My dear friend Patti wrote the following based on her own experiences as a wife of a wounded warrior. Her husband came home from Iraq with a TBI and PTSD. Patti is as practical and helpful as they come. I asked her if I could repost this here in full, and she gave me the thumbs up. I hope you find the information helpful.
Recently, I have had an influx of women sending emails to me asking if I have any information to help them cope with a husband who has PTSD.
Let me introduce myself. My name is Patti… my husband has PTSD.
PTSD is not something our men like to talk about. It’s not something we as wives want to think about either. But, the truth is there are many military men coming back from deployment only to face a mental war inside themselves.
First and foremost, let me say… PTSD is not something you should be ashamed of. If you think you have PTSD, or your husband has PTSD, it is very important that you go and find help. The military offers free counseling for those who need it.
I understand that some may not want to go on post for counseling. There’s another great resource out there… Give An Hour. Give An Hour is a private organization that offers not only free counseling, but confidential counseling.
Not only does PTSD effect our military men, but it effects families and can effect friendships. If you suspect your husband has PTSD and he will not admit it, you should still consider seeking guidance for yourself.
The more you know about PTSD, the better you will be able to cope with someone who has PTSD. Many military wives have secondary PTSD.
Pattis Top 10 on living with a combat injured, PTSD Vet:
1. Seek Godly counsel
2. Educate yourself on PTSD; you can visit CNN Health, they offer an array of information on PTSD. You can also GOOGLE PTSD and many results will pop up in the search engine.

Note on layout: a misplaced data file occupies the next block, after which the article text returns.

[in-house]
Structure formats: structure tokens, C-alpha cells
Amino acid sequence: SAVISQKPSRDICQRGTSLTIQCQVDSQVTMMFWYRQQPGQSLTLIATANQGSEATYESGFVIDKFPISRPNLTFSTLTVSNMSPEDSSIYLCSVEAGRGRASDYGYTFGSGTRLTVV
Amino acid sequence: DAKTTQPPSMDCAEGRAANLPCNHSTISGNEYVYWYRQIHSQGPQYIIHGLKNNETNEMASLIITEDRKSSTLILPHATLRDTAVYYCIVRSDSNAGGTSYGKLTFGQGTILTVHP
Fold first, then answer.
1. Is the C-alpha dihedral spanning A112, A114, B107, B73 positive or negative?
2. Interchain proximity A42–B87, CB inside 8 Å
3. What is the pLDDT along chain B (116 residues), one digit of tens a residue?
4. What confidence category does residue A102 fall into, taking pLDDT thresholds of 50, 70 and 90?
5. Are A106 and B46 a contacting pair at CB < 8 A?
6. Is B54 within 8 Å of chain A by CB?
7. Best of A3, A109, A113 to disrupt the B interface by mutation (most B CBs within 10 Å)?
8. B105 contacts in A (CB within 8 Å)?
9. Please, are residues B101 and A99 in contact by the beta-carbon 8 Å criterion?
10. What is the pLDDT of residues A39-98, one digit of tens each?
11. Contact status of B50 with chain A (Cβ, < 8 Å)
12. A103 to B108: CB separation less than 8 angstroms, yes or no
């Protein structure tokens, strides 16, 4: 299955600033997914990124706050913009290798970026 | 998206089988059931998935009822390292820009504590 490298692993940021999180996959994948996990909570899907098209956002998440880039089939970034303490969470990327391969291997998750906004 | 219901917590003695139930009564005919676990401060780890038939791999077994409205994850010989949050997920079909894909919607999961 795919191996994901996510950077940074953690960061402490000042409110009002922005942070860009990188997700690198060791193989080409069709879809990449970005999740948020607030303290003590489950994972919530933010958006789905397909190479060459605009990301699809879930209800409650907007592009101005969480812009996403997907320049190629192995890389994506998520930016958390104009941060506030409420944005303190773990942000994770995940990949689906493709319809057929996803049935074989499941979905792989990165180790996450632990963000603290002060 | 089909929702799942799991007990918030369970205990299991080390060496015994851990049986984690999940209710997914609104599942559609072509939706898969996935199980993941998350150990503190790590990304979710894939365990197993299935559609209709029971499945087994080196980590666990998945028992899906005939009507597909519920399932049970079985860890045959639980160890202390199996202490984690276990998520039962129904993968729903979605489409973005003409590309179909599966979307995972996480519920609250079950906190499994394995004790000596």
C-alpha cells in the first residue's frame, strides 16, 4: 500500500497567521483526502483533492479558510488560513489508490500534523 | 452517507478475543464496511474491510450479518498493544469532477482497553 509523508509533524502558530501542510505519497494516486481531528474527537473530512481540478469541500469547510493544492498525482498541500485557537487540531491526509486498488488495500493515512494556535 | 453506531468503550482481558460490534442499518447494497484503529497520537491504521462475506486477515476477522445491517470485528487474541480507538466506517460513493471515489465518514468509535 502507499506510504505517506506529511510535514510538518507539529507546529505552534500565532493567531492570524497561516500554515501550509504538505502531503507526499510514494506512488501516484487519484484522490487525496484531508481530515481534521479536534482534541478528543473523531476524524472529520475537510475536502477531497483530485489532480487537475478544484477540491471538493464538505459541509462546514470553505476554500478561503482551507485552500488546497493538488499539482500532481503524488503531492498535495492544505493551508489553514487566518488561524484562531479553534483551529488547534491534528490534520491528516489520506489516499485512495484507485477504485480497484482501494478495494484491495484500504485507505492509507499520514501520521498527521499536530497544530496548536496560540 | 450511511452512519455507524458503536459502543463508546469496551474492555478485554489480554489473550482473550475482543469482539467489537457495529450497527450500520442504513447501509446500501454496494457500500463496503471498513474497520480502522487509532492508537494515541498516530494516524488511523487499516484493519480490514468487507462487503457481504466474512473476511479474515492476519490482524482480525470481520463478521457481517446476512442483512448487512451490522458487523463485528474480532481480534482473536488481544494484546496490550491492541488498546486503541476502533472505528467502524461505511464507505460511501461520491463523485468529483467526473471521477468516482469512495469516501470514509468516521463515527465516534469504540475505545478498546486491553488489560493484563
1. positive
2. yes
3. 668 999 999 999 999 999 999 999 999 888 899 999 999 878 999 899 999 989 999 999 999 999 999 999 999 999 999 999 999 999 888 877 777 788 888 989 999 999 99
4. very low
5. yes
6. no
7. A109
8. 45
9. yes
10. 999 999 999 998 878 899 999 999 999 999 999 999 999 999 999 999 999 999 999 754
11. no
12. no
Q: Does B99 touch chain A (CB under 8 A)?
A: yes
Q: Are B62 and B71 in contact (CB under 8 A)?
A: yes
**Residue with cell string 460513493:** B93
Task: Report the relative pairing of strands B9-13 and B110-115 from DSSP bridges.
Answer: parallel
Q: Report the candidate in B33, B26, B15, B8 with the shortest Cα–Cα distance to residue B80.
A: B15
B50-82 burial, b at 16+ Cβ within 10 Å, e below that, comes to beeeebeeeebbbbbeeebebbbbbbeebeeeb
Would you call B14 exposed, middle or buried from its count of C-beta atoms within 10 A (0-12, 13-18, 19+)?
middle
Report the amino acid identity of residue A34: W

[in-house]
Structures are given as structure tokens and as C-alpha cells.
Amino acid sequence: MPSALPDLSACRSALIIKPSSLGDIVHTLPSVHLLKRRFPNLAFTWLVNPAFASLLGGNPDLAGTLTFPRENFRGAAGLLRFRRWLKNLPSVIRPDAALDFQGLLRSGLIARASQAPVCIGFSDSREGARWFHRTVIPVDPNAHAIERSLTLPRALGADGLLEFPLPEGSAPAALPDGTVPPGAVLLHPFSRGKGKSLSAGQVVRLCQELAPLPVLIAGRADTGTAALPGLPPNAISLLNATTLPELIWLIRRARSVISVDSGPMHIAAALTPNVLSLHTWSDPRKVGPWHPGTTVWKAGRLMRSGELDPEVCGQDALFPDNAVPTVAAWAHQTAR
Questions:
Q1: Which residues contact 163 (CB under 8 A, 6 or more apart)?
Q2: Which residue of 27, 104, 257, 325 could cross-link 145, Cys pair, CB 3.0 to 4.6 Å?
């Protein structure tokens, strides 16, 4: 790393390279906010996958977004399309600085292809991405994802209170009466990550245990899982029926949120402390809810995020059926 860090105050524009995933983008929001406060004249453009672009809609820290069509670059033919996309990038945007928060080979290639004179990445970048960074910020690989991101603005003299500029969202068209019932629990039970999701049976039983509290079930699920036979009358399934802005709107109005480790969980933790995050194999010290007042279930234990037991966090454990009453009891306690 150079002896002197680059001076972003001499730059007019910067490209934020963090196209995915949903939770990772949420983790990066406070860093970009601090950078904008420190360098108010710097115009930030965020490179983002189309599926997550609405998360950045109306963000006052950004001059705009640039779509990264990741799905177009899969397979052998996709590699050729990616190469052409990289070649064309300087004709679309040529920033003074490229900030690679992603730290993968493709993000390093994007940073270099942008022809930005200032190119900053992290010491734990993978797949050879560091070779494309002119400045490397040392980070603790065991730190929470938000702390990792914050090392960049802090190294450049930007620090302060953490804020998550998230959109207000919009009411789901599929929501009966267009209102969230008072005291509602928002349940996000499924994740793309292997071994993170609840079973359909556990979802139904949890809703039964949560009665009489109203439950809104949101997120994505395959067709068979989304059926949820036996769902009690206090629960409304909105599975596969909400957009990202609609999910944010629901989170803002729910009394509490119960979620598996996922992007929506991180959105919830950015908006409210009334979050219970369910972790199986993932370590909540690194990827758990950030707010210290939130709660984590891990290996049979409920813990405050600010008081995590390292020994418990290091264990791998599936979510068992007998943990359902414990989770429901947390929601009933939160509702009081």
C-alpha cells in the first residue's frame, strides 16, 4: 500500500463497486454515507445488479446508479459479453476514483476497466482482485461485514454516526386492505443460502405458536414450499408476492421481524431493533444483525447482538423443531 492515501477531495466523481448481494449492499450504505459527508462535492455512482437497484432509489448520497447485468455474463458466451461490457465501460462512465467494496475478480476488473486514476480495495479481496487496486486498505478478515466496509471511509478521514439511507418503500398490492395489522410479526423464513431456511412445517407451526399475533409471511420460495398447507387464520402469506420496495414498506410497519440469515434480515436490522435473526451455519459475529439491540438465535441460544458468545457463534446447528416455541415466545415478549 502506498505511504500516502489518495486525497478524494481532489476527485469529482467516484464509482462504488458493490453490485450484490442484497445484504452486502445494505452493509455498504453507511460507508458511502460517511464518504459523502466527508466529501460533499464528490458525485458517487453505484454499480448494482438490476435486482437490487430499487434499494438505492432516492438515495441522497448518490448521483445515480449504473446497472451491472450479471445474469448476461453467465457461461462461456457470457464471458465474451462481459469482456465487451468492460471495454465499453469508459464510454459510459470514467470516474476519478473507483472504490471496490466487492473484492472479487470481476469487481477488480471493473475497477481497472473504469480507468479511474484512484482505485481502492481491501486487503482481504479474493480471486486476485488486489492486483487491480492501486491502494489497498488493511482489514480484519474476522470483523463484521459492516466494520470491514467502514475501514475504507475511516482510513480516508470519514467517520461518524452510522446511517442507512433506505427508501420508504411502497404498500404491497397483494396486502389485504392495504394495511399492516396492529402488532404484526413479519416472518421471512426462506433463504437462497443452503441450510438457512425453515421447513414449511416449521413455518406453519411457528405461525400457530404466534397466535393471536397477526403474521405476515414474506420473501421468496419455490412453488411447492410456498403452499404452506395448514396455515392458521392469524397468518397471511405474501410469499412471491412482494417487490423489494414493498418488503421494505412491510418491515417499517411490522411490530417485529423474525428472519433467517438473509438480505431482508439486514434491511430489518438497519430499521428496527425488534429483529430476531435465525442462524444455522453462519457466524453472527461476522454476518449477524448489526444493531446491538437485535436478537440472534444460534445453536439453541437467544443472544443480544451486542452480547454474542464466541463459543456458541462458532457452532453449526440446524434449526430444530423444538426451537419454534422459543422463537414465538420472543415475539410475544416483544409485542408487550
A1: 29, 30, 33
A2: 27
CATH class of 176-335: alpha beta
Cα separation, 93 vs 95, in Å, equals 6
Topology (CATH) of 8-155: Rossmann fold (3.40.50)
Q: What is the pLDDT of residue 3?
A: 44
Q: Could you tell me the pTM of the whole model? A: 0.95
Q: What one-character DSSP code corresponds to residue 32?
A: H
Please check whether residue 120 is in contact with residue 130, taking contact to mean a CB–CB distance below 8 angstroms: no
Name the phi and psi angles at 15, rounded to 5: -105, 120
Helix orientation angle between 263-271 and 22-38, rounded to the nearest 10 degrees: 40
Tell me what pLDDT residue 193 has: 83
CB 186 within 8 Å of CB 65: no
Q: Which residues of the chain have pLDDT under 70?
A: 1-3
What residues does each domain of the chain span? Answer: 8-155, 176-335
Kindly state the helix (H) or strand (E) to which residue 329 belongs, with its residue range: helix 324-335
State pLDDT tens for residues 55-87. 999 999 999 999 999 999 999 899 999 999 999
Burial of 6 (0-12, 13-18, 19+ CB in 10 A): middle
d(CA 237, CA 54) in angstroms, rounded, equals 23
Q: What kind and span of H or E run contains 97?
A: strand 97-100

3. Learn what your husbands “triggers” are and how to defuse situations (example: anniversaries of difficult situations; death of commrads, extreme firefights etc). If you know it’s the anniversary of something difficult your husband experienced while your husband was away, you may know why he’s having an exceptionally bad day, week or sometimes even month.
4. Take care of yourself. For the past couple of years, I have let myself go to take care of my husband and his injuries. I am finally getting back on task when it comes to taking care of myself. It’s been a long road, and if you can avoid going down the road I went down – trust me, it will be best for you! Exercise, eat right, try to sleep good. Its so easy to get wrapped up into worrying about your husband. If you don’t take care of yourself, you will eventually crumble.
5. If your husband is also suffering from other mental conditions such as depression or self harm, allow them to feel the way they do – BUT – watch for warning signals that things may be getting worse so that you can help them by alerting a mental health team or doctor.
6. Don’t be hard on yourself! Do not blame yourself for your husbands PTSD, do not think you “should have” done this or that. We all know that the horrific events of war are what caused your husbands PTSD, don’t start questioning yourself.
7. Keep a journal or have a mentor you can “vent” to. As women, most of us are external processors. This means, we need to release so many words to express our feelings and emotions. You will feel better after releasing these thoughts/words. You can either keep a journal or talk with a mentor. Sometimes, as women – we just need to “get it all out.”
8. Marriage counselling with someone who understands PTSD would be very benifical. I’m not saying this is going to “fix” your husbands PTSD, but it will hopefully allow you both an avenue to express yourselves on how you are both feeling, why you are feeling the way you do and what techniques may help you.
9. Find a PTSD support group in your area. If you cannot find a support group, maybe you will think about creating a support group yourself. There’s a very big need for PTSD support groups, and it’s always good to know you are not traveling down that road alone.
10. Don’t be afraid to admit that you need help. There are resources, organizations, support groups, books and so much more that are out there to help. We should be very thankful these resources are in place for us in todays day and age.
Resourses I have found helpful are:
Family Of A Vet